The first sum – $800 million – was transferred in November and a second tranche of $1 billion was transferred in May last year; the conduit for the funds was the National Industrial and Commercial Investments Ltd (NICIL).
So far $1.3 billion of this money has been spent by the ministry, representing a 70% completion rate for the multi-year programme Stabroek News was told, with NICIL serving as the coordinator/disbursement agent for the project. All expenditure was approved by the Office of the President (OP) this newspaper was told.
When the Hinterland Road Programme was first announced in 2007, $800 million was set aside to repair and upgrade various interior roads which were determined to be crucial. Part of the $800 million was apportioned to help build the institutional capacity of the Public Works Ministry so as to equip it to implement routine maintenance and the upgrading of interior roads. However, when Cabinet approval of this $800 million programme was announced in 2007, it was not made clear that the funds would have been coming from the GGMC.
Responding to questions raised by this newspaper, GGMC/NICIL, in a joint statement, said that over the past four years, “the GGMC with the Ministry of Public Works (MOPW) acting as consultant engineers – for tender selection, engineering and QS services – have undertaken projects that have provided some 891 km of new and or improved interior roads.” It said that the GGMC is legally mandated to create, build or maintain roads and/or access to hinterland areas for mining purposes in the country. As a result of this programme, there has been “increased mining activity that has impacted positively on the Guyana economy and the development of small interior communities that have become dependent on these roads for their livelihood,” the statement added.
Stabroek News was told that the GGMC in 2007 realized that in order for these roads, along with dependent interior roads (which are essentially sand/laterite) to remain open, there was urgent need to have in place a highly flexible maintenance system where emergency repairs, replacement of bridges etc, could be carried out at very short notice and existing roads further upgraded at a reduced cost.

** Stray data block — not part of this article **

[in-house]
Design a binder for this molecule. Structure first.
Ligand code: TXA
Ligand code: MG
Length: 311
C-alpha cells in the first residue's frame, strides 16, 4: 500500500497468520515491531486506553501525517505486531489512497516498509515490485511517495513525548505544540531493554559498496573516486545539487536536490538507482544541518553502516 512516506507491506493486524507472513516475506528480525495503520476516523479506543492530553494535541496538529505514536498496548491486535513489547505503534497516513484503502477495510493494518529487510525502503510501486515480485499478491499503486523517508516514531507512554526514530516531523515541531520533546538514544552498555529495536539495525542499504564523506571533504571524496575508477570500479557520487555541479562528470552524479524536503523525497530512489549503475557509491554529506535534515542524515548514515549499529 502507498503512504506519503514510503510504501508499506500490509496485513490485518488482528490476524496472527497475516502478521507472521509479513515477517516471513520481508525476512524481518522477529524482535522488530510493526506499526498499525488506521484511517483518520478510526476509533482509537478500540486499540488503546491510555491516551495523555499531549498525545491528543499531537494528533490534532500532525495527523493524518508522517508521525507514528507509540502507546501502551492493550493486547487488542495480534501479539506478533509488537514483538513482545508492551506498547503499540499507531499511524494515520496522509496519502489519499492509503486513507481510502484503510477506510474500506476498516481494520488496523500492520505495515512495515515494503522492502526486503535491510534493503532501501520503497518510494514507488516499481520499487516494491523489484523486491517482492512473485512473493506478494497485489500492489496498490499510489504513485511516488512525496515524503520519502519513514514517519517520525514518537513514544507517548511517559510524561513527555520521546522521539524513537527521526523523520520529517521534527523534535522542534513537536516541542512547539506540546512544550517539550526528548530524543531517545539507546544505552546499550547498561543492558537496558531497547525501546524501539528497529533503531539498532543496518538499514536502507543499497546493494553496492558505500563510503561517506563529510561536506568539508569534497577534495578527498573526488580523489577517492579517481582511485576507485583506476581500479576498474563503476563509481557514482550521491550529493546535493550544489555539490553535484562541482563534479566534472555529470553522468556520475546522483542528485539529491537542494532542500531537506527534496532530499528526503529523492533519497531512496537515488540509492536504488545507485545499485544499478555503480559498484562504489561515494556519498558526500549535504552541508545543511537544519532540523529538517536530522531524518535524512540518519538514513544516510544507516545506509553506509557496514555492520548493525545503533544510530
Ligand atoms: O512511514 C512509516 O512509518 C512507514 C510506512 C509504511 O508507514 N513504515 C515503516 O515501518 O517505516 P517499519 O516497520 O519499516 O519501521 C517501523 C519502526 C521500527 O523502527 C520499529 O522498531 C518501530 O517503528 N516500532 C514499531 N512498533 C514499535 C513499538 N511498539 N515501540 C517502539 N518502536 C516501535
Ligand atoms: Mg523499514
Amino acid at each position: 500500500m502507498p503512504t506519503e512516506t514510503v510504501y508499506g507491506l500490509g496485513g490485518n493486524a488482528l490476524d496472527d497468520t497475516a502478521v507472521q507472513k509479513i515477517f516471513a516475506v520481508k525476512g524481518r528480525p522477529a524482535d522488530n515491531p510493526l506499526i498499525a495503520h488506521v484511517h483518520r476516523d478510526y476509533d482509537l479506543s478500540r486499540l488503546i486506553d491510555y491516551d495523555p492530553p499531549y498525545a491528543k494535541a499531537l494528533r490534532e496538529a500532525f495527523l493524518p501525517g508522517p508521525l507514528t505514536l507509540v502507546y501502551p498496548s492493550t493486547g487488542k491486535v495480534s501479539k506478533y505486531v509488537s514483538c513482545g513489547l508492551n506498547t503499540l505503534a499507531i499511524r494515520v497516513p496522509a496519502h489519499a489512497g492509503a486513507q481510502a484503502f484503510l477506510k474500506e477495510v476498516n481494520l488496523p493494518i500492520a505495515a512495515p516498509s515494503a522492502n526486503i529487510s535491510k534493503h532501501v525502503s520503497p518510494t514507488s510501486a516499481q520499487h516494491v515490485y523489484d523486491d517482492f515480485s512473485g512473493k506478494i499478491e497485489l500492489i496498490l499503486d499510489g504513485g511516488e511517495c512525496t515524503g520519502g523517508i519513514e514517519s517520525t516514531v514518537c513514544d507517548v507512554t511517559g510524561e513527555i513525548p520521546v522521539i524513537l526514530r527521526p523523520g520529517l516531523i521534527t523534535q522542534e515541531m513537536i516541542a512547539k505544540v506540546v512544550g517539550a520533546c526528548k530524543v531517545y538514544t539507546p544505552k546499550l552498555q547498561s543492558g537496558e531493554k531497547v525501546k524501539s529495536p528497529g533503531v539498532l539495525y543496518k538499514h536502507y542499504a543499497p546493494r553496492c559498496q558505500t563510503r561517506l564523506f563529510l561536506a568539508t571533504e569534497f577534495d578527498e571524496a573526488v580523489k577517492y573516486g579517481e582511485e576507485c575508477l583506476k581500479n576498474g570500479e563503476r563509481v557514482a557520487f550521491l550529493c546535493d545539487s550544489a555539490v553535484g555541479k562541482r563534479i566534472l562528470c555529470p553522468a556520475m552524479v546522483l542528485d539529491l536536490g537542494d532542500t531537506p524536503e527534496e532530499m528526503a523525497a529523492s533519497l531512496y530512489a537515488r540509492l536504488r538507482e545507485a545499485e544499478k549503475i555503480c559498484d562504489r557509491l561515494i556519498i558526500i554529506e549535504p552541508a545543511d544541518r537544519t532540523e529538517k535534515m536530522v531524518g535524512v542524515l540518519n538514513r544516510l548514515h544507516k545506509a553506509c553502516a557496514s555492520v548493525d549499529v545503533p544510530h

Explaining NICIL’s involvement, the statement said that since the programme involves many “small disbursements and sub contracts” it became necessary to have a disbursement agent who could account to GGMC for all expenditure under the programme.” It was decided that NICIL should be this agent. Under the various agreements, the Public Works Ministry acts as the procurement agent, and once OP approves, NICIL disburses funds to the ministry from the funds received from the GGMC. In May 2009, a further $1 billion was transferred from the GGMC to NICIL with permission from OP, this newspaper was reliably informed.
According to the statement, NICIL submits a statement of accounts to the GGMC and Ministry of Public Works which shows total funds expended, total funds remaining and supporting details of all expenditure. It also submits quarterly, detailed reports which are subject to audit and review by the Auditor General’s Office. Stabroek News was reliably informed that these accounts were expected to be tabled in the National Assembly shortly.
Meanwhile, Stabroek News was told that of the $1.3 billion expended to date, $500 million had been spent on acquiring road-building equipment. This equipment, while owned by GGMC, is operated and maintained by the Ministry of Public Works. Further, this newspaper was told that some major work executed under the programme involved the “rehabilitation of the Mackenzie-Demerara bridge crossing, rehabilitation of the Lethem-Mahdia roadway, rehabilitation of the Linden-Ituni-Kwakwani Road as well as the Bartica-Potaro road, up to the 72 mile junction.”
According to documentation seen by this newspaper, the initial $800 million was transferred from GGMC to NICIL on November 2, 2007 and at June 22, 2009 a total of $628,600,765 had been spent. Of this amount AINLIM was paid $59,126,500 for several pieces of equipment. Courtney Benn Contracting Services received $99,100,249 as payment for several contracts. Farm Supplies Limited was paid $45,575,200 for the acquisition of excavators. Genequip was paid $7,080,000 for a tractor, slasher and trailer. Maurice Balgobin received $11,788,234 for road construction. $10,353,000 was paid to Baishanlin for the acquisition of a front-end loader.
A sum of $319,506,747 was disbursed to the Ministry of Public Works. This included $6,737,259 for the Mahdia roads; $739,188 as a release for the completion of the Rupununi Road assignment; $24,896,006 for the maintenance of the Lethem Road; $59,086 for the purchase of ironmongery and $14,159,000 for the maintenance of interior roads. An additional $10,068,120 was given to the ministry under the description “a release of funds for the Mahdia and Ituni roads.” $30 million was set aside for work in Region One; $3,333,743 was for the rehabilitation of Mahdia roads; $29,514,345 for interior roads and parking area in Lethem and $200 million was awarded to the ministry as expenditure for work on hinterland roads as part of $440 million approved by Head of the Presidential Secretariat Dr Roger Luncheon. NM Truck & Auto Sales was paid $39,200,000 for the purchase of excavators, while $19,790,780 was paid out to Roopan Ramotar for the rehabilitation of roads. Of the total amount awarded to Roopan Ramotar $4,173,120 was for the rehabilitation of Ituni to Kwakwani roads and $15,617,660 for interior roads.